Legislation giving the House Administration Committee the authority to change the day when staffers receive their paychecks passed the House by voice vote on Tuesday, another step forward in the effort to pay staffers twice instead of once a month.
[IMGCAP(1)]The bill now heads to the Senate, where it is expected to pass. It does not immediately change the day when staffers get paid, but merely allows House Administration to study the issue and enact changes later.
House Administration Chairman Robert Brady (D-Pa.) introduced the measure, which passed the panel earlier this month. Ranking member Vernon Ehlers (R-Mich.) is a co-sponsor of the bill, although he has cautioned that Members must take steps to ensure staffers are not negatively affected during the transition period to a potential twice-a-month payday system.
More Benefits? Legislation that would give all federal employees four weeks of guaranteed paid leave following the birth of a child passed a House Oversight and Government Reform subcommittee on Tuesday.
The Subcommittee on the Federal Workforce, Postal Service and the District of Columbia voted 8-3 to send the measure to the full committee.
Introduced by Rep. Carolyn Maloney (D-N.Y.) and co-sponsored by Majority Leader Steny Hoyer (D-Md.) and full committee ranking member Tom Davis (R-Va.), the Federal Employees Paid Parental Leave Act is unusual because it applies to legislative branch employees, not just those working in the executive branch.
Legislative branch workers currently are guaranteed 12 weeks of unpaid leave under the Family and Medical Leave Act. Maloney’s measure not only would give employees four weeks of paid leave, but also let them use accumulated paid time off up to the 12-week mark.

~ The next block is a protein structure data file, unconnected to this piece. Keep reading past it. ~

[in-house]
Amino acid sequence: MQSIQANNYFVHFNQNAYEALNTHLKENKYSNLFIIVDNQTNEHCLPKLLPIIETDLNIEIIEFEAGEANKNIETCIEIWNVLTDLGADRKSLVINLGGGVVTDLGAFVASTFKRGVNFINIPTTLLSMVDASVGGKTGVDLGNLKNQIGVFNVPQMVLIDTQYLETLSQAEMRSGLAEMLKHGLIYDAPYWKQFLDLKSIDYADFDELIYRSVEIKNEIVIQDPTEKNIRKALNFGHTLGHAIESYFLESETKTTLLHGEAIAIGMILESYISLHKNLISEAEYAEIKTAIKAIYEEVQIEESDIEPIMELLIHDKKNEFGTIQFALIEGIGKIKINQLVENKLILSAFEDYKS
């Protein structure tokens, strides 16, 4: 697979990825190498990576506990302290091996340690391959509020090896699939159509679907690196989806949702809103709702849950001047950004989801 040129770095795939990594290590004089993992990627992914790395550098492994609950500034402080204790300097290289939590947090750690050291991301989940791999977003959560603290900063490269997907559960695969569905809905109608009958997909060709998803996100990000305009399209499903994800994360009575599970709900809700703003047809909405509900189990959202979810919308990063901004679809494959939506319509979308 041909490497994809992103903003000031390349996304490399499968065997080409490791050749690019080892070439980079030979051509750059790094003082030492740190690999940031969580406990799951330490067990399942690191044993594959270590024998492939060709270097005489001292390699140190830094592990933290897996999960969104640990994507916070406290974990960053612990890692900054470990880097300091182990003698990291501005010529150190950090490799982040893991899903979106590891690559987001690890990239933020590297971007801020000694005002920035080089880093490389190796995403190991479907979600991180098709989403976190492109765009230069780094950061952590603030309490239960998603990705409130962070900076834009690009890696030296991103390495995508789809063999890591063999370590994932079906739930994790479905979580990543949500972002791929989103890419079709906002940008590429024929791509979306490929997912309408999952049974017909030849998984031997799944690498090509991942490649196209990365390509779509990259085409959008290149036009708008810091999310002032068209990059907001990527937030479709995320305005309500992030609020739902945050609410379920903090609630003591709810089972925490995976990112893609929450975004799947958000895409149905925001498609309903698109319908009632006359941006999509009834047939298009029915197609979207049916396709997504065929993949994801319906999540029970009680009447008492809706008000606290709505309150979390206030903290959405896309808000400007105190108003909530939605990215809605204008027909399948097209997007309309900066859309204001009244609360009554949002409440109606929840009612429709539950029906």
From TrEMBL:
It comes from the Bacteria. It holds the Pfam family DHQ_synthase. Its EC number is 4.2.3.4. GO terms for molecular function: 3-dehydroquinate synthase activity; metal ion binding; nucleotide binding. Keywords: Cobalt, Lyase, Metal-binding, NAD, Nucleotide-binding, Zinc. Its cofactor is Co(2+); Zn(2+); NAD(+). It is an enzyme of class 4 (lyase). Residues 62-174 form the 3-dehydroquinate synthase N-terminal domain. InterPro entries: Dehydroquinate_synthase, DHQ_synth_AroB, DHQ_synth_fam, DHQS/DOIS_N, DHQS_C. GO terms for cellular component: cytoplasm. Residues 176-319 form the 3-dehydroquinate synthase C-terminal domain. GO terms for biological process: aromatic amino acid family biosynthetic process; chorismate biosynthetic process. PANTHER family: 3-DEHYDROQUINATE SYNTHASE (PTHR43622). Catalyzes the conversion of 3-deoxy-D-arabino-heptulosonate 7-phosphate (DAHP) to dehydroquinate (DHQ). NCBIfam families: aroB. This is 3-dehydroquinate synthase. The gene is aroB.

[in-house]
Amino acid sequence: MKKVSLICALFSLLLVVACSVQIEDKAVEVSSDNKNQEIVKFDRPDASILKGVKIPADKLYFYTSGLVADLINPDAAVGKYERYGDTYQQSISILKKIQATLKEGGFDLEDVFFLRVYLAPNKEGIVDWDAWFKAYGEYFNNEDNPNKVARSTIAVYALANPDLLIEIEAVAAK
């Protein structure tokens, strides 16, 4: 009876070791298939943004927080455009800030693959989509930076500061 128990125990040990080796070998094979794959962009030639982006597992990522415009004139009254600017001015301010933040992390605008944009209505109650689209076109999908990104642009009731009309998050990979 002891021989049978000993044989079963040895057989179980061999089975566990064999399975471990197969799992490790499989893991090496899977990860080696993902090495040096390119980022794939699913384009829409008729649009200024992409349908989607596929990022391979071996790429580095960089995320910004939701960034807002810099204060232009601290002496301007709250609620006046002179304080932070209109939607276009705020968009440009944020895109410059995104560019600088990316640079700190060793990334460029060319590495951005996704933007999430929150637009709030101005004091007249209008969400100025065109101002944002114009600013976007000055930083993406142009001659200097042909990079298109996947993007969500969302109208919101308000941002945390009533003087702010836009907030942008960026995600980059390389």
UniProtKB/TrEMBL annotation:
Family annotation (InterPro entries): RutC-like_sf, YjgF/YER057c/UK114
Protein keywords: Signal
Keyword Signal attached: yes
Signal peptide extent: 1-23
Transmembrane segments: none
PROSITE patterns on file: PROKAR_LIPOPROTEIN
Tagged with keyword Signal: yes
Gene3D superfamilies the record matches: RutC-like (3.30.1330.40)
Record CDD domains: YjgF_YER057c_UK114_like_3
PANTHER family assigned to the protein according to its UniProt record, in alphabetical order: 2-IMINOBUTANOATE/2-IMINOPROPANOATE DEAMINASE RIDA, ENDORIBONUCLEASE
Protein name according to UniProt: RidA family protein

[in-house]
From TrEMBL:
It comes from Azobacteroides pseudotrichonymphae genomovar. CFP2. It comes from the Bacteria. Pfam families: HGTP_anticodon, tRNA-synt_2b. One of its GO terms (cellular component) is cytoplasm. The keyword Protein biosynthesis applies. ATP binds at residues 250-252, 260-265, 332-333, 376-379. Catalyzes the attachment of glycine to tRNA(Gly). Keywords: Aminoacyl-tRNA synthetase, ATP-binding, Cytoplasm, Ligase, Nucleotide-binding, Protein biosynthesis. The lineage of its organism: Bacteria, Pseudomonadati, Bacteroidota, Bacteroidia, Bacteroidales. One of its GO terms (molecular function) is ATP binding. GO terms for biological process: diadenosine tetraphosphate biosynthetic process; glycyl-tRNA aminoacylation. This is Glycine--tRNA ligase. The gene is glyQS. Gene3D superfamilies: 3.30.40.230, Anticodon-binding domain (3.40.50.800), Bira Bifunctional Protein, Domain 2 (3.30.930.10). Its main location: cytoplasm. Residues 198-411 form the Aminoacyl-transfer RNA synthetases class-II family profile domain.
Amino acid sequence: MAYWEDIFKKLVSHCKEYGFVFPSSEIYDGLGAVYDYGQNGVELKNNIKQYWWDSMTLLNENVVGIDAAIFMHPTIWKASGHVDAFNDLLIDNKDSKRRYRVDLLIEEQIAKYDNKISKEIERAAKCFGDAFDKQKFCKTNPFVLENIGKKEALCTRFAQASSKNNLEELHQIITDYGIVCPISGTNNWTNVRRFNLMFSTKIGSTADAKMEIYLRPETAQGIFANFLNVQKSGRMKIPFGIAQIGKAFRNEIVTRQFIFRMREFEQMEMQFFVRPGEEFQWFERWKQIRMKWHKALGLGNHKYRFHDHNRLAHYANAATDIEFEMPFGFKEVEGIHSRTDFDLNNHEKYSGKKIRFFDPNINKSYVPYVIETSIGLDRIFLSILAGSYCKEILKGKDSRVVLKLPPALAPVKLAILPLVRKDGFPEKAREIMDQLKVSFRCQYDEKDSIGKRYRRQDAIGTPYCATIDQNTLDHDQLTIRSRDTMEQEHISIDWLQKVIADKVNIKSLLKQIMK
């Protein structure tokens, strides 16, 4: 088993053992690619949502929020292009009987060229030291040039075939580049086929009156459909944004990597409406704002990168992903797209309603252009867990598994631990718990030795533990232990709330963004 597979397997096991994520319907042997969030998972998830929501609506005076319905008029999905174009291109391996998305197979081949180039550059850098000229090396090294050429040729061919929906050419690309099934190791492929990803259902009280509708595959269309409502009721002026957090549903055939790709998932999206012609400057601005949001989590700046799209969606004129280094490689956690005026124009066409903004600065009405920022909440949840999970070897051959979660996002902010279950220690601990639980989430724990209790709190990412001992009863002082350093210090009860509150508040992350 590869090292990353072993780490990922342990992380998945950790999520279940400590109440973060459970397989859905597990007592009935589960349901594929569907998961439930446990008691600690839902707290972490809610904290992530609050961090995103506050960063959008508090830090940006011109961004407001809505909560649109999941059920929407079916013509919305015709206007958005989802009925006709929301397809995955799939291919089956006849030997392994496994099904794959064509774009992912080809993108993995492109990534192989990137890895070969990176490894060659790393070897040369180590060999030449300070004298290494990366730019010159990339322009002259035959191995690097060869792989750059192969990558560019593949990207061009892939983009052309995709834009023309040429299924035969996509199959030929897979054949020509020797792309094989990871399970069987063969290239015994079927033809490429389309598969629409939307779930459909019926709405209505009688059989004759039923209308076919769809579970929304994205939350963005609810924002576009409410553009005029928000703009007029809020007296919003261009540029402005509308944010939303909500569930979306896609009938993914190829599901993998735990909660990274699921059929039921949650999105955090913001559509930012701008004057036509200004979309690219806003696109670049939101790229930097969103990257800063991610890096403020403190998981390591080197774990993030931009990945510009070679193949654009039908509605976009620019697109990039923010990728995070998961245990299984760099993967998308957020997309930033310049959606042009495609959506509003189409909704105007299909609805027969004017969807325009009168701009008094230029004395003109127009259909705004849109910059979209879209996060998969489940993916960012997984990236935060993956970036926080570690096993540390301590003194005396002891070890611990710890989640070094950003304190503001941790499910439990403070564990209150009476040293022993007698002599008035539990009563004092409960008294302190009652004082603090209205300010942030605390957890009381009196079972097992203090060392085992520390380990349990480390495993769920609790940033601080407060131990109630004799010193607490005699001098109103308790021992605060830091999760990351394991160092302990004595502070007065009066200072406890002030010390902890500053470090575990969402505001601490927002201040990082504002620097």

Supporters argue leave is an incentive to continue to serve the government, especially since the private sector often offers federal workers higher yearly salaries.
“The federal government is a great start for paid leave — we should be setting the national standard for providing American workers with a truly family friendly workplace,” Maloney said in a statement.
“Antiquated family leave policies are a talent drain on the government — they’re an incentive for skilled people to look elsewhere for work at the very time when our government needs them most,” she added. “This bill is a positive step in the right direction.”
Gym Rats. Members of the armed forces who are assigned to a Congressional liaison office in the House might soon be able to use the House fitness center.
The House passed a bill by voice vote on Tuesday that allows military liaisons to use the gym, which is open only to House employees. House Administration Chairman Robert Brady (D-Pa.) introduced the bill, calling it a small gesture to the men and women who serve the nation.
“It’s just not practical for them to use exercise equipment at local military facilities while they’re stationed on the Hill,” Brady said. “These men and women are responsible for protecting our nation and we want them to have every opportunity to stay fit.”
Into the Future. The American Institute of Architects is on Capitol Hill this week to figure out ways to turn the House into a “21st century workplace.”
The AIA has been asked to find ways to help Members and their staffs use space as efficiently as possible, use taxpayer dollars wisely and help make Member offices more open to constituents.
Chief Administrative Officer Dan Beard invited the group to Capitol Hill, and AIA officials have met with House workers all week to come up with their recommendations, which are scheduled to be released on Friday morning.
Submit your Campus Notebook tips here.